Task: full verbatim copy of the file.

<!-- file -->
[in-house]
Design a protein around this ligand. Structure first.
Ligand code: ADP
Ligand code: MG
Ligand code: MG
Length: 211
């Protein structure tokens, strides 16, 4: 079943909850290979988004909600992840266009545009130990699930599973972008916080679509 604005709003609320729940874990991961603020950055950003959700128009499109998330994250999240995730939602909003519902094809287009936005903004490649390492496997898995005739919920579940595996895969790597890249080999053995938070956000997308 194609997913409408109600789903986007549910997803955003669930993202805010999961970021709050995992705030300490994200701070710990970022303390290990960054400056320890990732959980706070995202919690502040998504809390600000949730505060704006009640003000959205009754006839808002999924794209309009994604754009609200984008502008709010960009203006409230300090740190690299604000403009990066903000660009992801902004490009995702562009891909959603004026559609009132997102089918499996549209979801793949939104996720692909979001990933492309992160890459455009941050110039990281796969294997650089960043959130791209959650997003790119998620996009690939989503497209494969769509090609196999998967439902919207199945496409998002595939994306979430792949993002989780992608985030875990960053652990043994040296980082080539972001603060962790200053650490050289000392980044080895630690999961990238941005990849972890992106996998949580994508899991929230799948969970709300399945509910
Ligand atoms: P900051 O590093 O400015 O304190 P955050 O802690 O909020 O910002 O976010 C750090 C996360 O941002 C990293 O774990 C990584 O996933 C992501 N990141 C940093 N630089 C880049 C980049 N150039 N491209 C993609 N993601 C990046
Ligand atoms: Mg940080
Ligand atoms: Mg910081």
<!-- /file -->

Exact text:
[in-house]
Design a protein around this ligand. Structure first.
Ligand code: ADP
Ligand code: MG
Ligand code: MG
Length: 211
């Protein structure tokens, strides 16, 4: 079943909850290979988004909600992840266009545009130990699930599973972008916080679509 604005709003609320729940874990991961603020950055950003959700128009499109998330994250999240995730939602909003519902094809287009936005903004490649390492496997898995005739919920579940595996895969790597890249080999053995938070956000997308 194609997913409408109600789903986007549910997803955003669930993202805010999961970021709050995992705030300490994200701070710990970022303390290990960054400056320890990732959980706070995202919690502040998504809390600000949730505060704006009640003000959205009754006839808002999924794209309009994604754009609200984008502008709010960009203006409230300090740190690299604000403009990066903000660009992801902004490009995702562009891909959603004026559609009132997102089918499996549209979801793949939104996720692909979001990933492309992160890459455009941050110039990281796969294997650089960043959130791209959650997003790119998620996009690939989503497209494969769509090609196999998967439902919207199945496409998002595939994306979430792949993002989780992608985030875990960053652990043994040296980082080539972001603060962790200053650490050289000392980044080895630690999961990238941005990849972890992106996998949580994508899991929230799948969970709300399945509910
Ligand atoms: P900051 O590093 O400015 O304190 P955050 O802690 O909020 O910002 O976010 C750090 C996360 O941002 C990293 O774990 C990584 O996933 C992501 N990141 C940093 N630089 C880049 C980049 N150039 N491209 C993609 N993601 C990046
Ligand atoms: Mg940080
Ligand atoms: Mg910081």